Shaw, by the way, knows about the Nimah Girls’ predicament (I honestly have no idea of the most effective way to refer to our Secret Twins, but I’m doing my best) and tracks down Nimah, opens up about her son — how he was an angry young man and connected with some extremists online that inspired him to plot an attack on his high school. She confesses that she doesn’t want him to get parole, and says that that’s why Nimah and Raina are here — that same extremist network is still active and recruiting. It’s going to be their job to help shut it down.
Meanwhile, in the present day, we get to catch up with Shelby! She has a haircut now, and it is very flattering. She has also taken to wearing this deep red lipstick that I’m not sure works, though? But I’m not very knowledgeable about lipstick. In things that are actually relevant to the plot, Shelby has taken on her parents’ company, which is compared to Halliburton. If I remember 2003 correctly, that is not a favorable comparison to make. It seems fitting, though, since Alex tells Simon that after he was booted from Quantico she found out some juicy dirt on Shelby’s folks that, like, totally changed her opinion of Shelby. (Okay, she didn’t say it quite like that, but pretend she did! It’s fun).
Oh, and we’re here because Simon’s bomb-making friend — a phrase I never tire of — says that that bit of wire we’ve been concerned with came from the Wyatt Empire. Anyway, Shelby wasn’t expecting the company of Simon and Alex, so Alex draws on Shelby, Shelby draws on Alex, and it seems like nothing is going to get accomplished until Ryan shows up and draws his weapon on Shelby, but then Shelby is like, What the hell man why aren’t we apprehending the fugitive? And then Alex is like, Wait what, and the people waving guns around are all confused, which is almost never a good thing.
Finally, good sense prevails and Shelby is disarmed as Ryan takes Simon back to the FBI and tells Alex to get the hell out. So she does that, taking Shelby with her and hiding in a car while the Feds, for the second time in this episode, raid a place that Alex is no longer in.
Oh, and there’s a fight scene, but it’s pretty inconsequential because Shelby is not that great at fighting. It is, however, very funny to see Alex punch her out when she tries to call for help from the car.
Returning through the mirror of time, we are once more in Quantico, where some resolutions are in order. Elias, who doesn’t have much to do on this show other than talk about being gay and exhibiting a creepy interest in Simon’s carefully constructed history, talks about being gay and picks at the holes in Simon’s carefully constructed history. He also delivers tonight’s worst line, which is always hard to find because the writing in Quantico is often bad but never like, quotably bad. Even clunkers like, “The most dangerous enemy America faces is the enemy within.”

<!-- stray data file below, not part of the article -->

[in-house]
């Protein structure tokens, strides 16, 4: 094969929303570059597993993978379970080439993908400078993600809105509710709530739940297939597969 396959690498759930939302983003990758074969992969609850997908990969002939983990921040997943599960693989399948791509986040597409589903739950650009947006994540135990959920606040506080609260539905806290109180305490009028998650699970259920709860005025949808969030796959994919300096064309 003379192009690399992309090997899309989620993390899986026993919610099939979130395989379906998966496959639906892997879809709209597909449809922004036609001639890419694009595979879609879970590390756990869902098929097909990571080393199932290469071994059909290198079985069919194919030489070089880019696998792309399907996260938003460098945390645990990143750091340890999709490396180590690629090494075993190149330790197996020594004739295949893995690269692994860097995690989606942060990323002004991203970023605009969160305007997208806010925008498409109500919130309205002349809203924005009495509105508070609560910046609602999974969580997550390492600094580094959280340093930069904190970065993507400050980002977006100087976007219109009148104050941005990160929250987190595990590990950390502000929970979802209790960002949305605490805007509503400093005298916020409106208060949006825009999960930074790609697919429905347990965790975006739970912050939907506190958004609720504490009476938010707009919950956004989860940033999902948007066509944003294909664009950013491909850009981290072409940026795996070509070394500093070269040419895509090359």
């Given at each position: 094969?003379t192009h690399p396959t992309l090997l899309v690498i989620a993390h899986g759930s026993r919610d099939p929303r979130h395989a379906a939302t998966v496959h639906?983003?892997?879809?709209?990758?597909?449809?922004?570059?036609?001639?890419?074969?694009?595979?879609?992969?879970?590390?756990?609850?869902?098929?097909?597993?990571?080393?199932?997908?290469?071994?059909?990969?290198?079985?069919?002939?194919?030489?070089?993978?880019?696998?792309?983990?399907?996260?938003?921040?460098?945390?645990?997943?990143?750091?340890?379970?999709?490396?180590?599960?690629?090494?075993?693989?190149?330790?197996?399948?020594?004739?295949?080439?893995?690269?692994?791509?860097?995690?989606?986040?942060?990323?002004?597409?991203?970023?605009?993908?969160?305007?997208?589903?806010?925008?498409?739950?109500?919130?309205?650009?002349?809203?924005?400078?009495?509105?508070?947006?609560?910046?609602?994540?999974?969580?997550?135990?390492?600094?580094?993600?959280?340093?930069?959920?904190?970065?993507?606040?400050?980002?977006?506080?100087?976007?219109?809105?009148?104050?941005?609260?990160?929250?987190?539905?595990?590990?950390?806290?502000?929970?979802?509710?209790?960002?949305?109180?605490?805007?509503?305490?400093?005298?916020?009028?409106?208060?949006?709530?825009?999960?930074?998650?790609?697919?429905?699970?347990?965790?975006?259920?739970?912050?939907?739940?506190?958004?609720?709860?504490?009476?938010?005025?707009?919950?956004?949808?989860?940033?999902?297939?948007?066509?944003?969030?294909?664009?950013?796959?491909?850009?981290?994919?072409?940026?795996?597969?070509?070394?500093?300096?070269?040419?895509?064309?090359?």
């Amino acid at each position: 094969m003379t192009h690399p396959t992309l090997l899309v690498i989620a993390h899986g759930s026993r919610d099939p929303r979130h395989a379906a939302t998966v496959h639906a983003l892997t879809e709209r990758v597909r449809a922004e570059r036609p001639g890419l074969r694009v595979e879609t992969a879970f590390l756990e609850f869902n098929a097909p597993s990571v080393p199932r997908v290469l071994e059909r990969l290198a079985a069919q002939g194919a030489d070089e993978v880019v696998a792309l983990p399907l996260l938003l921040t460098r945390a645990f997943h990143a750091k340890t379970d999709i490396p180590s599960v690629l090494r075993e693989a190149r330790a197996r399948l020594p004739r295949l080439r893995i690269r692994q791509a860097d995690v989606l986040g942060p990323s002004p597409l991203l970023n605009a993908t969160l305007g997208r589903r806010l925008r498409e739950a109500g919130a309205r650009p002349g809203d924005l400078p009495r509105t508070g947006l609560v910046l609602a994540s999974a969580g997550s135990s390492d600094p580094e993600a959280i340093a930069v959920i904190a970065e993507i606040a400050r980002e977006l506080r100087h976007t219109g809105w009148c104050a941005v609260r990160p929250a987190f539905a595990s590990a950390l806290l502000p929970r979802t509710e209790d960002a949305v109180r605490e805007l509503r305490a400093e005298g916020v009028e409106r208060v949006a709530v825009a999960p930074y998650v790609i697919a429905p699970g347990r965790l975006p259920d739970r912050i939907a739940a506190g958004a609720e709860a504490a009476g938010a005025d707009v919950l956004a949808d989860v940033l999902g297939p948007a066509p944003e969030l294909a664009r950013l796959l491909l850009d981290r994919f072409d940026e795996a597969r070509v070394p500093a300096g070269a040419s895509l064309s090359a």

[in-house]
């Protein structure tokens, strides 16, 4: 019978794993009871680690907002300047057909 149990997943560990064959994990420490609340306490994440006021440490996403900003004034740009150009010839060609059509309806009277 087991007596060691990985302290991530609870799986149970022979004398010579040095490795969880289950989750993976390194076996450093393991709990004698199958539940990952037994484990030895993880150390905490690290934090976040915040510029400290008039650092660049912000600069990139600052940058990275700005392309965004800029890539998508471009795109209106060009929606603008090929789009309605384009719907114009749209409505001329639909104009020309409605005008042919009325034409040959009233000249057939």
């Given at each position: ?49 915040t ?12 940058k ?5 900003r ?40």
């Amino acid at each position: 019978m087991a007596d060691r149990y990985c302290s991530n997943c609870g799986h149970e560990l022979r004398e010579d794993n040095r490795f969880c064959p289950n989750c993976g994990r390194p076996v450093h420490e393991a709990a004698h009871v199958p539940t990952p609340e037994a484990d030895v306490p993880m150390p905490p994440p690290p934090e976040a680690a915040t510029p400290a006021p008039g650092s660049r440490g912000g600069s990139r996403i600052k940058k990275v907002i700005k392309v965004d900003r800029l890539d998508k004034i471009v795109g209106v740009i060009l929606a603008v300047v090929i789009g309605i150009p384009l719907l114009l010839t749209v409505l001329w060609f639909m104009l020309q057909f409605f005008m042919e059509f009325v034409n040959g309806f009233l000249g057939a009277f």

Thanks to Shaw’s pep talk/confession, Nimah returns and apologizes to her sister, also telling her what Shaw has planned for them. Meanwhile, Alex is called to Shaw’s office, where Ryan is also waiting. They ask her what’s got her so shook, and so she tells them about her father, and how it’s got her messed up real bad. They reaffirm how she belongs in the FBI, and that a good agent doesn’t make a good man — all the accolades in her father’s file don’t wipe away the fact that he was often drunk, abused his power, and threatened his wife.
As Shaw is telling Alex about how a good agent doesn’t make a good man, O’Conner walks by the office to see his work edging Alex out being undone — even better, Ryan steps out of the shadows and totally Diane Keatons him, slowly shutting the door as he looks on.
Afterward, Shelby and Alex have some dorm-room bonding (boy what a difference nine months can make!) and Shelby says — by way of the world’s worst game of Two Truths and a Lie — that the mysterious person she’s been calling is a half sister she didn’t know she had until her folks died. Following that, Alex catches up with Ryan in the bathroom (these two talk in the bathroom lots, don’t they) and thanks him for his help that day. She also flirts and stuff.
This episode, like every episode before it, ends with a lecture from Shaw juxtaposed with Big Character Moments, like Alex calling her mother and finally telling her she didn’t go to grad school like she thought, but ran off to join the FBI. Also, Ryan confronts O’Conner, saying that he is what rappers would refer to as “mad sus,” and probably doing something off-book. O’Conner than plays his trump card to keep Ryan in line: He’s not really at Quantico undercover as far as the Bureau is concerned — he’s on probation, undergoing retraining. If he doesn’t fall in line, O’Conner can easily have him scrubbed for good. Ryan, however, is covering his ass: He had called Shaw before chatting up O’Conner, and she listened in on the entire exchange.
Finally, in the present, Ryan grapples once more with the question we started with: Whose side is Simon on? Simon continues to say he’s Team Alex, while Nathalie Vazquez looks on at this exchange suspiciously.
Alex herself is now back in Shelby’s house, holding Shelby hostage there until she decides to tell her how that wire ended up in the bomb that blew up Grand Central Station. But things are going to get a bit more difficult for Alex, because Agent Clayton has new marching orders for the FBI manhunt: Take no prisoners. Shoot to kill.